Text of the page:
Join Brian Bradley for an in-depth discussion in this video Working with interactive rendering, part of SketchUp: Rendering with V-Ray 3.
- [Instructor] V-Ray Interactive, formerly known as V-Ray RT in version two of the software, is, as the name suggests, an interactive rendering engine that can be used to speed up the development of most elements in the scenes that we are producing, perhaps most notably though, in the areas of both lighting and materials. To demonstrate the ease with which we can use this tool set, let's open up the asset editor and jump into the Settings section. Right at the top, we have a rollout entitled Renderer that gives us the ability to choose the type of rendering algorithms that we want to use, so interactive, progressive, and GPU-accelerated.
To turn the interactive option on, all we need to do is flick the switch and both the interactive and progressive options become enabled. Now at this point, we can turn the interactive aspect of V-Ray off, and still be left using the production renderer in progressive mode, but you will notice that we can't have the interactive engine running and turn the progressive option off. This is because the interactive engine is actually a path-trace renderer that uses a set of algorithms designed to compute lighting in a 3D scene in a manner that is as faithful as possible to the way in which the physics of light work in the real world.
In fact, path tracing by default naturally simulates a lot of the effects that typically have to be specifically added to a render when using more conventional computing methods, effects such as soft shadows, depth of field, caustics, ambient occlusion, and so on. Now the problem of course is that all of this quality doesn't come cheaper in terms of the time that it takes to render, which is why the interactive engine can be run in either CPU or GPU mode, with GPU-based rendering offering quite significant speed increases over the CPU option.
Something else we can do here if I just turn all of the options off is invoke an interactive rendering session straight from the V-Ray for SketchUp toolbar by hitting the second of the rendering buttons, like so. Instantly, a render engages and the interactive and progressive switches are automatically turned on, although, as you can see, in CPU mode. If I grab the pan tool now and shift our camera view around, we can see that the render window interactively updates and rerenders in order to capture the change that I have just made.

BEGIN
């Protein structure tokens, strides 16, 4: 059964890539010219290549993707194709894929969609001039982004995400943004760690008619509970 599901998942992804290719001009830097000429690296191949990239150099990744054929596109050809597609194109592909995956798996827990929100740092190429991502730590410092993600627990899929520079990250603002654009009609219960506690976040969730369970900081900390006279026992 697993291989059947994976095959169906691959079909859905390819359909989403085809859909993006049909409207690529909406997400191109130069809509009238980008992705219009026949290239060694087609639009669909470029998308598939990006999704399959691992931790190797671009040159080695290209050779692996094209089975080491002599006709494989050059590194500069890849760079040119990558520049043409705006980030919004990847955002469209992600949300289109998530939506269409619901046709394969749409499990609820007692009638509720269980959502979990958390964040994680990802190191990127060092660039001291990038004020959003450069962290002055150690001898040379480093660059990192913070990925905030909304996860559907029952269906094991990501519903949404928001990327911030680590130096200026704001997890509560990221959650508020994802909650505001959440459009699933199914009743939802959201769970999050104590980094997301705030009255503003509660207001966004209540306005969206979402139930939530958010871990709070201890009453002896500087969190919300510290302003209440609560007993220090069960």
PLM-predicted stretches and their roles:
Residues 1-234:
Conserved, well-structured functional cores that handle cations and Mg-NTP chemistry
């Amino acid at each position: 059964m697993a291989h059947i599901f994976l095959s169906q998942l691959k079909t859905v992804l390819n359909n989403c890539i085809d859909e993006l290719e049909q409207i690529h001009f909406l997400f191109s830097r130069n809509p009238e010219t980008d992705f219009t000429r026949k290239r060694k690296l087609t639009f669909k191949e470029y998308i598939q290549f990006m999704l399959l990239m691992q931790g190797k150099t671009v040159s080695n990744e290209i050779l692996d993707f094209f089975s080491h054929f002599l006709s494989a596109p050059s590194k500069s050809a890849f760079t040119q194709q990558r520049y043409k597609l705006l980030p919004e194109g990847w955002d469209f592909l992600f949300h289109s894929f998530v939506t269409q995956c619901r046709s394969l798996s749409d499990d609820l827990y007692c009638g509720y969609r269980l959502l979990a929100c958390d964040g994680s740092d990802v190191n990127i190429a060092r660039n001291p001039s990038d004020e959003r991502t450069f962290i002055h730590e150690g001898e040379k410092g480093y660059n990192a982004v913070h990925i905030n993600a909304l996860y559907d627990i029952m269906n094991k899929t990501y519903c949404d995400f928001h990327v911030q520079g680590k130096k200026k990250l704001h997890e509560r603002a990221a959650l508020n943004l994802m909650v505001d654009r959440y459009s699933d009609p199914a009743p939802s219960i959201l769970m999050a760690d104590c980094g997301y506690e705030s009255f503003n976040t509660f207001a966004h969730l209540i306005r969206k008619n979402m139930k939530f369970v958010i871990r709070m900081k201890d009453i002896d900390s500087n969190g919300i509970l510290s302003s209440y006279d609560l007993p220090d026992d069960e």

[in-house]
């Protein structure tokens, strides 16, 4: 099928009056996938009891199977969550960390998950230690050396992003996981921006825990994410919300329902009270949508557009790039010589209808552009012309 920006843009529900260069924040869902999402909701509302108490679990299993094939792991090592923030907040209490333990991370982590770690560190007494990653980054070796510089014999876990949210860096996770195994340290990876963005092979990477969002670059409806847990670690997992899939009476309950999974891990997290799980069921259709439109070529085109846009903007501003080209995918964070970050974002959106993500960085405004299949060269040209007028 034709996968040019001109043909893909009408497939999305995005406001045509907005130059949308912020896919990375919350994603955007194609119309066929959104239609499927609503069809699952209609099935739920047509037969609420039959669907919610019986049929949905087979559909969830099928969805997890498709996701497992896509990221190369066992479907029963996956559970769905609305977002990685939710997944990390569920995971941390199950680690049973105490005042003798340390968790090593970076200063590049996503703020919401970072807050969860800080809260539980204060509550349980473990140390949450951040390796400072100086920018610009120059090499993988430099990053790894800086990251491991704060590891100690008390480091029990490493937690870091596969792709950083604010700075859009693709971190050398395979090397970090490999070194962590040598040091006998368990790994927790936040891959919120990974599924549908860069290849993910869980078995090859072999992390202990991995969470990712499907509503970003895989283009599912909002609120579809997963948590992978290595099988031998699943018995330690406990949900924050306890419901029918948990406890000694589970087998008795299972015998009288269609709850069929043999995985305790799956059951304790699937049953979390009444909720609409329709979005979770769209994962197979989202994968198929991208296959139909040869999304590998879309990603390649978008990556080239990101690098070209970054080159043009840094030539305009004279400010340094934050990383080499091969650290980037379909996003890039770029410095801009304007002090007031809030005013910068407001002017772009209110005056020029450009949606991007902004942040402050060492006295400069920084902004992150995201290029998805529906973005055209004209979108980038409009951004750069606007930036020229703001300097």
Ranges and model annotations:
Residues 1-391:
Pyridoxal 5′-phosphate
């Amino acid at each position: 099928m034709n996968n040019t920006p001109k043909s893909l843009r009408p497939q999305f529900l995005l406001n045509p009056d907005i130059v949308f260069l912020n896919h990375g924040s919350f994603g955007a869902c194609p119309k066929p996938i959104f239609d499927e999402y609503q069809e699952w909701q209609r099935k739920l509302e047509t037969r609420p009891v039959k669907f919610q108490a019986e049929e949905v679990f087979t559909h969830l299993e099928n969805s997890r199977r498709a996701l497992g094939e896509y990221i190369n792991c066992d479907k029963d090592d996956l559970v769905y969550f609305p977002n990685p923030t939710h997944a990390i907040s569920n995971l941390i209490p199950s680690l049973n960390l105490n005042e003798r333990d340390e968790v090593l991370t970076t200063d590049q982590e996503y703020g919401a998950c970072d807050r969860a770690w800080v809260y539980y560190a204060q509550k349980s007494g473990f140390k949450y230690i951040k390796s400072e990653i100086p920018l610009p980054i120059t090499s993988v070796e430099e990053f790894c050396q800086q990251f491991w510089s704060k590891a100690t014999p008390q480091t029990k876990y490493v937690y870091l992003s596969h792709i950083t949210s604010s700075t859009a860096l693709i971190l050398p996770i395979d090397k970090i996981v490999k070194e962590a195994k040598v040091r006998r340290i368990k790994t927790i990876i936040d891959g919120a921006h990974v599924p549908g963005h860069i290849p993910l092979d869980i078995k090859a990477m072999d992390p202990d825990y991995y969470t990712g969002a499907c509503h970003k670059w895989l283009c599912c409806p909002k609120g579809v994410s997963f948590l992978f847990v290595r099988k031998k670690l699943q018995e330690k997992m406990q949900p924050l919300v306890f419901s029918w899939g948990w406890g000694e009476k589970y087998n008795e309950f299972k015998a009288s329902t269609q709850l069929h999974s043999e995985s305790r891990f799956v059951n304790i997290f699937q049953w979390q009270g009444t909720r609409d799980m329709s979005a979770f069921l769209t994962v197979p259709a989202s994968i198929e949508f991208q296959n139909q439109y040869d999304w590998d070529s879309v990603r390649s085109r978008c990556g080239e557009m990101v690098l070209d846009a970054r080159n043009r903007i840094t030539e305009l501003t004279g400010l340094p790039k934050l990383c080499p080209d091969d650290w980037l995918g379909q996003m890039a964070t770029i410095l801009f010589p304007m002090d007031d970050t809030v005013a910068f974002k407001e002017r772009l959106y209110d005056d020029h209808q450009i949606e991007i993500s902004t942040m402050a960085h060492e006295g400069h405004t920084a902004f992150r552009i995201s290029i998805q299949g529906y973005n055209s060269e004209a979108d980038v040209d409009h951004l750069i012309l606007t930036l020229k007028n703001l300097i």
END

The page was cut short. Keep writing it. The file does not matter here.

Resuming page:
If I come to the Lighting tab, I can change the color of the sunlight in the scene and watch that update and I can also come to the Materials tab and make changes here, and again, see those changes update very quickly. Of course, the downside here is that my CPU is going to be constantly running at full throttle for the duration of the interactive rendering session, which is why we may want to stop a session and engage the GPU option. The problem currently though is that this does significantly alter the look of our scene, whereas when rendering on the CPU, there is no real difference at all between the production and interactive engines.
I'm not sure whether this is a bug or just a limitation of the GPU algorithms at this moment in time. Hopefully though this is something we will see ironed out in the near future. If we are fortunate to have more than one GPU in our machine and so want to configure which one is used during an interactive rendering session, we can do that by coming to the Extensions menu and making our way to the GPU Device Selection option. One last thing we perhaps need to be aware of here and maybe something that you have already spotted is that if I just reopen our scene and take a look in the GI rollout in the asset editor, you can see that when the scene opens, it is set to use the Brute Force and Light Cache engines, but as soon as I hit the Render Interactive button, we switch over to using just Brute Force.
This is because both the Light Cache and the radiance-mapping engines are unsupported by the interactive renderer. Whether we use the GPU or CPU options for rendering then, working with an interactive rendering session does have the potential to speed up many parts of our day-to-day production work.
- Gamma handling in V-Ray 3 for SketchUp
- Working with interactive rendering
- V-Ray light types
- Working with irradiance mapping
- Rendering animations
- Working with the V-Ray camera
- Using the Materials UI
- V-Ray FX tools
- Stereoscopic 3D rendering
- Using V-Ray objects